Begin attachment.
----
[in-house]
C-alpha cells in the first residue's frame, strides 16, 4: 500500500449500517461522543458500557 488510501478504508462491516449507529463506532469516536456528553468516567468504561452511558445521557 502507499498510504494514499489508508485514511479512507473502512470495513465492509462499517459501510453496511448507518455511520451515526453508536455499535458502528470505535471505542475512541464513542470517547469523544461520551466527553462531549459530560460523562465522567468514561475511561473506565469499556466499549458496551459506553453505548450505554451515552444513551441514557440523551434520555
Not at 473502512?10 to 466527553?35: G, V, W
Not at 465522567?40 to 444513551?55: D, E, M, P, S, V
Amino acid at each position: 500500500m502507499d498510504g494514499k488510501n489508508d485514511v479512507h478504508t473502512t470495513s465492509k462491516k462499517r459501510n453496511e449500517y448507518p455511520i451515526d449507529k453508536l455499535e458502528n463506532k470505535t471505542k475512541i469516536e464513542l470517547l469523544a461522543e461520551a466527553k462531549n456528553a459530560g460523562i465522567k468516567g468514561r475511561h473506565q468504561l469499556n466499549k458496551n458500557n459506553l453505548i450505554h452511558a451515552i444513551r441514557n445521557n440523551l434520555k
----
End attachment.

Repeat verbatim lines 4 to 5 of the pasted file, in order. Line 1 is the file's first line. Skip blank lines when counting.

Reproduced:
Not at 465522567?40 to 444513551?55: D, E, M, P, S, V
Amino acid at each position: 500500500m502507499d498510504g494514499k488510501n489508508d485514511v479512507h478504508t473502512t470495513s465492509k462491516k462499517r459501510n453496511e449500517y448507518p455511520i451515526d449507529k453508536l455499535e458502528n463506532k470505535t471505542k475512541i469516536e464513542l470517547l469523544a461522543e461520551a466527553k462531549n456528553a459530560g460523562i465522567k468516567g468514561r475511561h473506565q468504561l469499556n466499549k458496551n458500557n459506553l453505548i450505554h452511558a451515552i444513551r441514557n445521557n440523551l434520555k